Imagine my disappointment when I found out this is, in fact, not a game about virtual tiger maulings.
As one of the first games to feature famous golfer Tiger Woods, and the only Tiger Woods endorsed game on the Nintendo 64, CyberTiger is an odd mix of realistic-style golf with light fantasy elements. The main twist is in the form of powerups that can be used in a variety of ways. I don't know why EA didn't think that a traditional golf game was good enough, as there weren't many to choose from on the Nintendo 64.
The modes consist of the usual setups for golf, such as Stroke Play and Skins Match. However, as a videogame, there really isn't much difference between any of them; they all involve playing eighteen holes, and may or may not show the action of the other golfers in the form of AI. The only non-traditional mode on offer is the Driving Range. This special area consists of several points from which to whack a total of 25 balls, aiming for targets or moving vehicles or even carnival rides. It's a pretty strange mishmash of objects scattered around.
There appear to be three courses on offer, though one was locked and I didn't feel like playing enough to make it available. I don't know if the other two are real-world courses or designed for the game, but they are styled like real ones, with trees, sandpits, cart paths, clubhouses, etc. I don't know what's “cyber” about the the courses themselves, as I don't see anything special.
Once hitting the tee, the controls are pretty simple and work well. Left and right on the D-pad are used to aim the ball, and up and down are used to change clup. C-up is used to select from three shot types, and C-left and C-right are used to choose a powerup, if desired. Pulling back on the analogue stick makes the golfer pull the club back, then, once the desired power level is reached, pressing forward on the stick will hit the ball. Moving the stick to the left or right during this process can add draw or fade to the shot. If this control scheme sounds familiar, it is because it was later used in EA's Tiger Woods PGA Tour series.
Unfortunately, things start to get dicey after hitting the ball. Holding any direction on the stick when the ball is in flight will add an unnatural amount of spin to the ball when it lands, which can mess up just as many shots as it can save. Also unnatural are the huge bounces the ball will take when landing, as if it were some kind of superball bounding on a rubber surface. Oddly, the ball makes the sound of hitting wood when it hits the ground; maybe the “cyber” part of this is that it's actually a hologram or something. This adds a bit of unpredictability to each shot, as it's never easy to guess where the ball will bounce or roll. If it makes it to the green, the putting system doesn't have a way of “reading” the green, making putting largely a matter of guesswork.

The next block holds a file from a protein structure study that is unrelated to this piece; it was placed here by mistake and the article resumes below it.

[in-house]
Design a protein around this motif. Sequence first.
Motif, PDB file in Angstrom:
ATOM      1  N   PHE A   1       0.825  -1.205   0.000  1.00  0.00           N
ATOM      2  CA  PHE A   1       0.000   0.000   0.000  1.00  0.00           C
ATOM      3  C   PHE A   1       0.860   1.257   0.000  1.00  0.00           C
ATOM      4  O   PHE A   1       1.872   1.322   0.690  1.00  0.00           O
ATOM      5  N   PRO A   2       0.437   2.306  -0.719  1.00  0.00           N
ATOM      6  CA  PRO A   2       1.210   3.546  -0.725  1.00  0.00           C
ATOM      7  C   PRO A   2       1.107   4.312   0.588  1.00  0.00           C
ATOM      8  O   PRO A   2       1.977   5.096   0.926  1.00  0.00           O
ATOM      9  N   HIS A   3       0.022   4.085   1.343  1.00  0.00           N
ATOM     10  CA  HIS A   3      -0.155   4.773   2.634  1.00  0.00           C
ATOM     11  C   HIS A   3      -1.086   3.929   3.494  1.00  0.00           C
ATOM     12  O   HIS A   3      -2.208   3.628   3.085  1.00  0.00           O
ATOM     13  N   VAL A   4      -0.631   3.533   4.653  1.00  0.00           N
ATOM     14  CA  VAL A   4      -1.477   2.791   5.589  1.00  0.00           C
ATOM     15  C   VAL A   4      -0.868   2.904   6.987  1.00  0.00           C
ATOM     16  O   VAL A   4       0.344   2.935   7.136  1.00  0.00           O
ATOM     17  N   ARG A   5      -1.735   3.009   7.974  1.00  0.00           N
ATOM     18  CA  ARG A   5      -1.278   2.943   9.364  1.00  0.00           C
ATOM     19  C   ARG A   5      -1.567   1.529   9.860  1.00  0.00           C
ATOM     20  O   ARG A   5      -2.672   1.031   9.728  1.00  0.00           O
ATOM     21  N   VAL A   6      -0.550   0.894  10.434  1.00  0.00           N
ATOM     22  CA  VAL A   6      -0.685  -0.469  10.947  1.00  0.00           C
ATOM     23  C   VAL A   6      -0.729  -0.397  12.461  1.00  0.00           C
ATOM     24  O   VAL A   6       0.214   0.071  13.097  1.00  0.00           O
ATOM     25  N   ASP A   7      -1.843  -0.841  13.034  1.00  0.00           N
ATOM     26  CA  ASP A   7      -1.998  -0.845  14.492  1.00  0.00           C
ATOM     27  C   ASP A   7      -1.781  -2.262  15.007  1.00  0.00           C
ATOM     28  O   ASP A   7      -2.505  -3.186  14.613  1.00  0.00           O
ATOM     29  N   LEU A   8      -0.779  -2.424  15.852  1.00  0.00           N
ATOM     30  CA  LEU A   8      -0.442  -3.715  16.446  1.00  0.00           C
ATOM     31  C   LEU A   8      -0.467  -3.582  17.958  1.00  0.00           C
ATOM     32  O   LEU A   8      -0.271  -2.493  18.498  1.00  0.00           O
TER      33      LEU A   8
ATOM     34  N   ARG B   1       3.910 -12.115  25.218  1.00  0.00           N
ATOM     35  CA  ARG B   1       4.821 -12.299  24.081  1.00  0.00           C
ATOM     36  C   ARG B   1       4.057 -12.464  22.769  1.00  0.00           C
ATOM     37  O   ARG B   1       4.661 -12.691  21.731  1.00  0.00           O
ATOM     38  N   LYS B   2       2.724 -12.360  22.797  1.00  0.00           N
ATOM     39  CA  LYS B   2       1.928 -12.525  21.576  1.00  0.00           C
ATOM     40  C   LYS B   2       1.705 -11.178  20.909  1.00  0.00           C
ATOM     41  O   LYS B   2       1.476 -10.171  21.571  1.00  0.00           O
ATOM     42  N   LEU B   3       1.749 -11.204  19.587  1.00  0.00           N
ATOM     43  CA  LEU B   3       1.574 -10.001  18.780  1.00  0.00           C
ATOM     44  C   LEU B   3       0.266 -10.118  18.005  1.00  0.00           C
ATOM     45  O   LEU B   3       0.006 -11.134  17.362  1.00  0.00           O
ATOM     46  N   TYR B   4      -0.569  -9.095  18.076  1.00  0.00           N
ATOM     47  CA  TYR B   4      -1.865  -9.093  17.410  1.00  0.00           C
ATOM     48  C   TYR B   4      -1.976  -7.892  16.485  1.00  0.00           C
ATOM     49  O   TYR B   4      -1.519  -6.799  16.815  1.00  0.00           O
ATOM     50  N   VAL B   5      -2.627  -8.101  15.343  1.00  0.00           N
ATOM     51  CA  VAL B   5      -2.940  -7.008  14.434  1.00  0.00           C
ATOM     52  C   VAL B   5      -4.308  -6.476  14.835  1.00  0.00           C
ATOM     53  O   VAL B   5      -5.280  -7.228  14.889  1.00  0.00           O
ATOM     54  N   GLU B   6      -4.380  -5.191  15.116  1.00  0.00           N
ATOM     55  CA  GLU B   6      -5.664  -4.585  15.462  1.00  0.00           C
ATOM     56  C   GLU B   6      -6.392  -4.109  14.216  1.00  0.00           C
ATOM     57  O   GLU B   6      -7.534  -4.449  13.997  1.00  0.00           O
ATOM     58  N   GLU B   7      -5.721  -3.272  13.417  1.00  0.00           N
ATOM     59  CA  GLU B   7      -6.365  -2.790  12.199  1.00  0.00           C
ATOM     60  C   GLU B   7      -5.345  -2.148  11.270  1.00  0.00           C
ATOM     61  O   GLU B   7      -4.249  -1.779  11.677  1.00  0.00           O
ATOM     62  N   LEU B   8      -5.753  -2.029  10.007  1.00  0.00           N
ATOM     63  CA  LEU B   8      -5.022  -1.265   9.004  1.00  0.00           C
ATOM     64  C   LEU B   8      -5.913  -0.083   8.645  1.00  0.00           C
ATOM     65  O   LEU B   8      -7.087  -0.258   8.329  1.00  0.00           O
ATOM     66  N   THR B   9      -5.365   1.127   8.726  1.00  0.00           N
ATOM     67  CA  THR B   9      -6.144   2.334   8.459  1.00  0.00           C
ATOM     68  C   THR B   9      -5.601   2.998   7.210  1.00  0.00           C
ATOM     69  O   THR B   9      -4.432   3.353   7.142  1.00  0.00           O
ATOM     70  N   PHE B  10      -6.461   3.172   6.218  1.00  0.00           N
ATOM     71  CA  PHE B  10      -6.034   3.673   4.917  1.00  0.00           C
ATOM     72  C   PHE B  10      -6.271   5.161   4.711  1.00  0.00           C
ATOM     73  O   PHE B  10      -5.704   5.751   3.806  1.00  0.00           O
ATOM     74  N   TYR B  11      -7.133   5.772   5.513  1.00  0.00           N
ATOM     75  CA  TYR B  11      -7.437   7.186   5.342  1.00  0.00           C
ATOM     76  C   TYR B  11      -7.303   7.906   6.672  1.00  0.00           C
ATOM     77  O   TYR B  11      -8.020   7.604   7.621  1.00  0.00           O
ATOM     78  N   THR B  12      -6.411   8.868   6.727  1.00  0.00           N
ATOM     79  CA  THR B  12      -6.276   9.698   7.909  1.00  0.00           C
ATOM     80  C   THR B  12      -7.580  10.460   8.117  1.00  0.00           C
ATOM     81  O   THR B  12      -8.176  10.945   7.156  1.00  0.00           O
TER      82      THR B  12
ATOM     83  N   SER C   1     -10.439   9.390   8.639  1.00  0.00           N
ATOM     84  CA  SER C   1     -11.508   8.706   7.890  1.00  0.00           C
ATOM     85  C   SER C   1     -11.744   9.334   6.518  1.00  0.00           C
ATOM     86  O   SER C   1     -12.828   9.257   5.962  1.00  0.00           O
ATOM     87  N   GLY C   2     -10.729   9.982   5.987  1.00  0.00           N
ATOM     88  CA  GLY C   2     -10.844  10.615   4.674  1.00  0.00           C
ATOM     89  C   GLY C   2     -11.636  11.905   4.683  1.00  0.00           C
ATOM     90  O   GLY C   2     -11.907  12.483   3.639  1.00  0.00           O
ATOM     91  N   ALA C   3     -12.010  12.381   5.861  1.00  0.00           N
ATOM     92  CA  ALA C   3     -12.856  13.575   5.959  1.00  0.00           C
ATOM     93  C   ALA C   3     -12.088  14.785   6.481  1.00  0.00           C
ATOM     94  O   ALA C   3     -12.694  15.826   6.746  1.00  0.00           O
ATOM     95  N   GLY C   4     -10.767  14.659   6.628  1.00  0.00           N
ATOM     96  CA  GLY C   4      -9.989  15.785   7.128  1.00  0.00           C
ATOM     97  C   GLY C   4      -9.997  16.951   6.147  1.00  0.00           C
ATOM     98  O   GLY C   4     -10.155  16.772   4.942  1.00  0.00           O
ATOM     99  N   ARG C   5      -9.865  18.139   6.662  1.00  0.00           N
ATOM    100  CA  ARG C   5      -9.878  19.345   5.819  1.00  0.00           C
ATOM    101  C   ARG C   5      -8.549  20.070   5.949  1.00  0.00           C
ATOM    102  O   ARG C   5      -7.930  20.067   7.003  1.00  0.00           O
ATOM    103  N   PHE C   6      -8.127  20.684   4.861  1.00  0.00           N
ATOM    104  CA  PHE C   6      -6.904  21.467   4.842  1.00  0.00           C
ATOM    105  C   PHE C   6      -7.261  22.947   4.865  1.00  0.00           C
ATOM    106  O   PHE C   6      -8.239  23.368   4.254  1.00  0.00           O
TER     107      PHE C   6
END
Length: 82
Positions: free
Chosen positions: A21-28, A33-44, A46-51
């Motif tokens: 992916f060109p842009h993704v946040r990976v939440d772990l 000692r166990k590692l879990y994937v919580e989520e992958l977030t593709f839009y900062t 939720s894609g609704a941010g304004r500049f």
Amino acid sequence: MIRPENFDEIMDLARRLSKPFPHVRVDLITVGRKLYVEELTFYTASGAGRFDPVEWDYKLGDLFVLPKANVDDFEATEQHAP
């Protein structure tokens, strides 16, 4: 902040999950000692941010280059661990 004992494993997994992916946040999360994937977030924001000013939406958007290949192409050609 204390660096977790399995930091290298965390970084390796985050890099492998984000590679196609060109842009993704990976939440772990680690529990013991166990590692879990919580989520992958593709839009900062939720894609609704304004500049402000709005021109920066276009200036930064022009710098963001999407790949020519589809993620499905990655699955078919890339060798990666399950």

For each hole completed under par, a powerup will be earned. These range from things like a rocket that makes the ball gain extra distance on a drive, a skipper that will make it bounce across water, and a rock that will prevent the ball from bouncing and rolling after landing. Some of them are also unpredictable, so they may end up hurting more than helping. On a par 4, the rocket carried the ball past the hole and into a mysterious black abyss beyond the borders of the rough, but on a par 5 it went only half the hole. They seem a bit out-of-place in what is otherwise a straight-forward golf game, but they at least provide something to break up the monotony. There are nine powerups in all, but I'm not clear on what they all do as there are no descriptions.
For its time, CyberTiger was a decent golf game with a nice control scheme. Today, its controls have been put to use in better, more feature-full golf games on the PS2/XBox/GameCube, and have also been surpassed with the motion controls of current systems that provide a more realistic approach.